4K Screen Optimization – Squint be GONE

Don’t squint! Your 4K monitor can be tweaked so you get the whole picture.

4K Monitor Optimization

I'm always looking to increase productivity, and one of the easiest and cheapest ways to do that is with a large monitor. Nowadays, 32-inch 4K monitors are relatively cheap. What does a large 4K monitor give you? It gives you the screen real estate of 4 monitors in one. That's a massive amount of space and quite frankly sometimes it's too much. So how do we optimize for the best viewing and productivity experience?

4K is NOT Retina Quality

4K at native resolution is a monitor style of the past. Today, most modern monitors are a "retina" style with pixel quadrupling to make fonts and graphics smooth. But at 32 inches, 4K monitors are meant to run at normal resolution modes -- that is to say old style 1 pixel equals 1 pixel on display. The benefit is that you get the full 4K real estate - 4 screens right in front you on 1 monitor. But the drawback is that it can be hard to see the screen because fonts and menu items are small. I have some tips to make it the best experience you can get with simplifying your setup with just 1 large monitor. Read on.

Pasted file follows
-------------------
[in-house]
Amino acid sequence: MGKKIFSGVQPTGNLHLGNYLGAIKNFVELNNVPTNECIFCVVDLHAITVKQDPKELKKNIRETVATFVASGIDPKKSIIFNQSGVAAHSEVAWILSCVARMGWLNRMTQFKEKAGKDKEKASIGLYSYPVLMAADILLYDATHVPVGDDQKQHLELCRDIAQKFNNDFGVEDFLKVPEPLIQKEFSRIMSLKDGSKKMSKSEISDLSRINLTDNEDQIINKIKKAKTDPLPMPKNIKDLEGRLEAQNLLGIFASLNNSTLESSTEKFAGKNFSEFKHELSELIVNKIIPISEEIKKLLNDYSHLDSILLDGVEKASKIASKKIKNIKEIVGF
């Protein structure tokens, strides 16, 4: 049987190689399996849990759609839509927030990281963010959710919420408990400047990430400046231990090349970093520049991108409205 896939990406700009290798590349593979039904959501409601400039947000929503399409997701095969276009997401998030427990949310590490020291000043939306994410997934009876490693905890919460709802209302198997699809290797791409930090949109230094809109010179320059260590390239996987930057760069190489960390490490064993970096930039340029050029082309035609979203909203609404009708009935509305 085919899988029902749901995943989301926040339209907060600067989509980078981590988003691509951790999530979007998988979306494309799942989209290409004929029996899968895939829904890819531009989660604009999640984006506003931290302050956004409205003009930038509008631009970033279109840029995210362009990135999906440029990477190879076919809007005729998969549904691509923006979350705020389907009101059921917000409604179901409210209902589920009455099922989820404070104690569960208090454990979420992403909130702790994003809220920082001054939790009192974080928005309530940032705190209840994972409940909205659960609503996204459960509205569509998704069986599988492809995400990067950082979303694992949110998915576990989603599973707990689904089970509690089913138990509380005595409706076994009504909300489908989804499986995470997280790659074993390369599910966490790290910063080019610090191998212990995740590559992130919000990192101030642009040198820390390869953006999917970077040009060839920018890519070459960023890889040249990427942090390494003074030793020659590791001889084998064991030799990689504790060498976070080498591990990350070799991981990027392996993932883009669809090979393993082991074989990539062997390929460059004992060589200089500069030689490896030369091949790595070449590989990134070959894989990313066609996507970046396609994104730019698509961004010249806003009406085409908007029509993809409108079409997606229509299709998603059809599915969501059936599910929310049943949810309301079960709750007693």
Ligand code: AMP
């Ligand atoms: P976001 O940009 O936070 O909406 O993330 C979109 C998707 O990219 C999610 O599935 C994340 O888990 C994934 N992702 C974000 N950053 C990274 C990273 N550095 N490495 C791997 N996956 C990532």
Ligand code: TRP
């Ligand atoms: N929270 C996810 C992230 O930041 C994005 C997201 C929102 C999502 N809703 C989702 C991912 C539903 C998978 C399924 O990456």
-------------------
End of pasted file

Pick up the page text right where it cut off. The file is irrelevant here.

Use the Right Cable

Real computer monitors use DisplayPort connections and cables. DisplayPort can run over Thunderbolt 3 / USB 4. HDMI is universal, but we're not playing games with game consoles. We need sharpness and that means real cables that give us all the colors our monitors can display. Macs in particular have a tough time getting a clear picture over HDMI. With some tweaking using the tips I mention in this post I have gotten HDMI output to be acceptable on my 2014 Mac mini.

ClearType and Mac Font Smoothing

For Macs, enable the font smoothing. This is equivalent to ClearType on Microsoft Windows computers. This gives extra resolution to fonts because each pixel [or dot on the computer screen] is made up of 3 sub pixels and the operating system can control it to give fonts extra sharpness... if enabled. Macs no longer have it enabled, but you can enable in the Terminal [try medium level 2 first]:

Disable font smoothing:

defaults -currentHost write -g AppleFontSmoothing -int 0

Light font smoothing:

defaults -currentHost write -g AppleFontSmoothing -int 1

Medium font smoothing (default):

defaults -currentHost write -g AppleFontSmoothing -int 2

Heavy font smoothing:

defaults -currentHost write -g AppleFontSmoothing -int 3

Reset to default font smoothing level (medium):

defaults -currentHost delete -g AppleFontSmoothing

You will need to log off or restart your Mac for any changes to take effect.

If you don't want to mess with the Mac Terminal [though I do recommend doing it this way], there is an app called Font Smoothing Adjuster you can download.

Depending on the monitor, it can help or not. It's good to experiment with different smoothing to see if improves text legibility.

Picture Adjustments

Because your monitor in your room can have a lot of different looks depending on where it is placed, the lighting conditions, and distance from you matter.